If you missed Simon’s presentation, check out her TED Talk at https://www.ted.com/talks/taryn_simon_photographs_secret_sites?language=en.
(1) Rushdie, Salman. Foreward, An American Index of the Hidden and Familiar, 2008, Steidl, http://tarynsimon.com/essays-videos/docs/An%20American%20Index%20of%20the%20Hidden%20and%20Unfamiliar_Salman%20Rushdie.pdf, 1(qtd.)-4.
(2) Donadio, Rachel. “In Taryn Simon’s Paris Show, a Look at How a Hidden Hand Organizes Reality.” The New York Times, 18 March 2015, http://www.nytimes.com/2015/03/19/arts/design/in-taryn-simons-paris-show-a-look-at-how-a-hidden-hand-organizes-reality.html?_r=0
Monday, November 16, 2015
“…there is equality in Victorine’s sexual intimacy with Manet…”
In preparation for a conference presentation, I’ve been thinking about Édouard Manet’s painting, Olympia a lot, in the context of researching a recent appropriation of it (Margaret Sutherland’s Emperor Haute Couture from 2011, featuring former Prime Minister Stephen Harper nude). And, in my studio practice, I’ve been contemplating how trying it is to pose convincingly for erotic art, even when it’s purposefully ironic. Thus, I was keen to read Paris Red (2015, W. M. Norton & Company) by Maureen Gibbon, which is a fictional exploration of the development of Manet’s infamous painting. The author took inspiration from academic sources and has captured—if briefly—important details of this turning point in modern art, such as the proliferation of erotic photographs; the controversy of realism in painting; and Manet’s belief (stemming from his training) that art should reflect its time rather than rehash the past.
In the introductory chapter, the reader is introduced to the narrator and protagonist, 17-year-old Victorine Meurent (aka. Trine); her roommate, Denise (aka. Nise); and an exotic stranger they meet on the street who wines and dines them. The stranger turns out to be Manet, then 30 years old (he is never actually referred to by either his first or last name, and oddly, it is the book jacket that confirms his identity). We learn immediately that Victorine is artistic and fearless, an obvious match for the avant-garde painter. She has the self-absorption characteristic of adolescents, evident in this chapter through her mentioning seven times to the reader her green boots, which were given to her by a prostitute. The entire book is written from Victorine’s point of view. As a result, the only break from the patterns of adolescent thought and speech is dialogue spoken by Manet and occasionally, his coterie, a photographer whose studio they visit, her parents, and her boss (before she quits her job). Parallel sentences and sentence fragments are frequent and seem melodramatic; for example, she muses, “Only then does he give me back my hand. So I can use my knife and fork. So I can use my hand to eat” (p. 56).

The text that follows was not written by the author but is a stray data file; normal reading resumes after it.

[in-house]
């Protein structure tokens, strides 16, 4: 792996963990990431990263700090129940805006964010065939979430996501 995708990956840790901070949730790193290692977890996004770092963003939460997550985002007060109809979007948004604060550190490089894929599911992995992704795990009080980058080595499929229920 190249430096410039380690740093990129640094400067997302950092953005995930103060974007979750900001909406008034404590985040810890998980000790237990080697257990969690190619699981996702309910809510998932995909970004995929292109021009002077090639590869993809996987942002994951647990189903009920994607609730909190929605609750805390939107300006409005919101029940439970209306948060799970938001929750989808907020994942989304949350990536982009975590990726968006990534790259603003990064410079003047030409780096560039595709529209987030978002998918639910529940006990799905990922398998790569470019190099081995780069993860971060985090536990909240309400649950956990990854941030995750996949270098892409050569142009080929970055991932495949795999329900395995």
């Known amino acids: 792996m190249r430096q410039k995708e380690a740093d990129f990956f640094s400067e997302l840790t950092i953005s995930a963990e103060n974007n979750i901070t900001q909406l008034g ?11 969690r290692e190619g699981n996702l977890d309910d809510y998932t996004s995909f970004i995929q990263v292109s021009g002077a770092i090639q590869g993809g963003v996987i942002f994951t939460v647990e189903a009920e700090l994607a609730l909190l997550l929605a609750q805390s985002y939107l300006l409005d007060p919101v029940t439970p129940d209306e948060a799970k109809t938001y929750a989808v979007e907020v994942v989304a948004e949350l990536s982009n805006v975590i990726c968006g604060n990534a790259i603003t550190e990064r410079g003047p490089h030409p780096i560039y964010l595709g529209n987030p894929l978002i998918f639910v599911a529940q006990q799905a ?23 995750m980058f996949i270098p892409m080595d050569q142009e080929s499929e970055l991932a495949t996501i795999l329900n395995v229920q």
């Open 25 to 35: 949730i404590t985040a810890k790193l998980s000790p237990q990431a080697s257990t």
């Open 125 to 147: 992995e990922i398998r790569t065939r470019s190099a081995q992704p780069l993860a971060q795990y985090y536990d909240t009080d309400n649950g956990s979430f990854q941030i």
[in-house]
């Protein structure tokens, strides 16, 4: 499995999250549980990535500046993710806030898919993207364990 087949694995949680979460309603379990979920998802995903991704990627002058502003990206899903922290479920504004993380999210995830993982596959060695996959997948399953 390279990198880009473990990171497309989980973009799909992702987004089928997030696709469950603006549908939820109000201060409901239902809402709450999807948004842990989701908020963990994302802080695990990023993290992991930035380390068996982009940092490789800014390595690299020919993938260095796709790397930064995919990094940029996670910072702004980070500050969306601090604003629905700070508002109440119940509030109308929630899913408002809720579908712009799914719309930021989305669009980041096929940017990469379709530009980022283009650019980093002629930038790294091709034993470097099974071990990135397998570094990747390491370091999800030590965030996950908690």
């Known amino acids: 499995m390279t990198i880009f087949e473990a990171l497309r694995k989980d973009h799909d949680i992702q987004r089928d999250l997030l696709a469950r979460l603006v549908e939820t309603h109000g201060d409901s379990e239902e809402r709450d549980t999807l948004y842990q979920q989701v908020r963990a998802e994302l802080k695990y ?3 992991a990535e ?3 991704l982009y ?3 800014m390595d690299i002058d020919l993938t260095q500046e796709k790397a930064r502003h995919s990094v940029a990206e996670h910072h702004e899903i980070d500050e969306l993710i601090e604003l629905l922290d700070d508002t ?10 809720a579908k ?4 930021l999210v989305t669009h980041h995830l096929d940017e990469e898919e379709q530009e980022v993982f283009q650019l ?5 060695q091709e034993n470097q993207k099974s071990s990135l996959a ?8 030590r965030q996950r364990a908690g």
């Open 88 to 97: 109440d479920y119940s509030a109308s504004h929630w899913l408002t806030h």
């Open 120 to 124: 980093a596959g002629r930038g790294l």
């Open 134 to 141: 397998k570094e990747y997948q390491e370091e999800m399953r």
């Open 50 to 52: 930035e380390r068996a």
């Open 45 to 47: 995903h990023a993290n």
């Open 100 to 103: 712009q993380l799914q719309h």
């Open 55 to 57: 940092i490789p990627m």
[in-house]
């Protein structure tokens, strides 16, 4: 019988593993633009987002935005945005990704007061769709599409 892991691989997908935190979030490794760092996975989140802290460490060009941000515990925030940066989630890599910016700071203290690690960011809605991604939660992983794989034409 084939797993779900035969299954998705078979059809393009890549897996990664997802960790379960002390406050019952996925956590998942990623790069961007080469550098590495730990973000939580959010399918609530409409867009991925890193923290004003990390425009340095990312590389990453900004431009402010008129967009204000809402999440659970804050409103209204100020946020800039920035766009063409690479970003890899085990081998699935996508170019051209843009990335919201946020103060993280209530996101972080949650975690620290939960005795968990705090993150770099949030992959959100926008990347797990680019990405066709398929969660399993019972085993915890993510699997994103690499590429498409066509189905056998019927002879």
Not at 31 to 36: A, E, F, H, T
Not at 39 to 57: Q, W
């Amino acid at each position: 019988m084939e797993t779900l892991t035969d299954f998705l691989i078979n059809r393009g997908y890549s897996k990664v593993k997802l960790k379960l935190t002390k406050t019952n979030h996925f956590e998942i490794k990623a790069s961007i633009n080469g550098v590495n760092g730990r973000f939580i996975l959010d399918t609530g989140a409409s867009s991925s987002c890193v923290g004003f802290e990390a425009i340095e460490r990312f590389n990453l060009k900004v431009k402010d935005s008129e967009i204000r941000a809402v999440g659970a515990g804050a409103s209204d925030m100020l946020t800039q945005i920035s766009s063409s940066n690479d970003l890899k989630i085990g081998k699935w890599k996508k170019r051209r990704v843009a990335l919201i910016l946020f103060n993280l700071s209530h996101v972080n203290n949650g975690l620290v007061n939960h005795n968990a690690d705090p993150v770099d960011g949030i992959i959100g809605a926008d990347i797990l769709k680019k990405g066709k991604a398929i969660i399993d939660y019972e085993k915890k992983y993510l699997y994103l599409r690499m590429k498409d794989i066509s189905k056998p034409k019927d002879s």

The first ninety or so pages centre around Victorine and Denise trying to decide whether or not they will have a ménage à trois with Manet; even so, the transformation of the relationship into a twosome feels like a fait accompli from the get-go. Ultimately, Victorine trades her roommate, who had been like a sister to her, in for a lover who rents her a place of her own. She also gives up her trade as a silver burnisher to become his model. Although Manet dominates her world, she is never at his mercy. She exercises agency in modeling for an artist friend of his, Alfred Stevens. Also, there is equality in Victorine’s sexual intimacy with Manet demonstrated by, for example, the absence of jealousy and by their shared participation in her birth control. This equality is echoed by their professional interactions in the studio, where he welcomes her opinion and offers to buy her her own supplies when he realizes she’s been using his discarded tubes of watercolour paint. Naturally, there are liaisons that blur the lines between sexual and professional; for instance, he sketches her face while positioned between her legs, and she caresses herself to get the position of her hand just right in Olympia. Unfortunately, before being witness to their erotic egalitarianism, the reader must plod through passages like their initial lovemaking, in which he tips her breasts like bottles, tugs, sucks, and comments, “I like how they feel in my mouth” (p. 93). If this section were longer, it might be a contender for the bad sex in fiction award (yes, this is a real thing in the literary world).
This book is heavy on fantasy, and I don’t mean that in an erotic way. Doubt has been cast on earlier assumptions that Manet and Meurent were more than colleagues. For example, as V R Main observes, Stevens was her lover (in Paris Red, they only share a close-mouthed kiss) but Manet probably wasn’t, given that his life was cut short by syphilis while she lived to be elderly, suggesting that she did not contract the then incurable disease (1).
Their romantic involvement, if unlikely in real life, is essential to building momentum in the story because it effectively functions as foreplay for the creation of Olympia. 65 per cent of the book passes before they begin work on it. The painting is described but not named outright, much like the character of Manet. Also like him, its identity is only known conclusively through the book jacket. For the purposes of the story, the name of the artwork is not as important as the identity of the model in the foreground. Victorine recognizes herself on the canvas. She sees that Manet has painted her with dignity, yet he avoided sanitizing her. In realizing that fact, she realizes her own potential.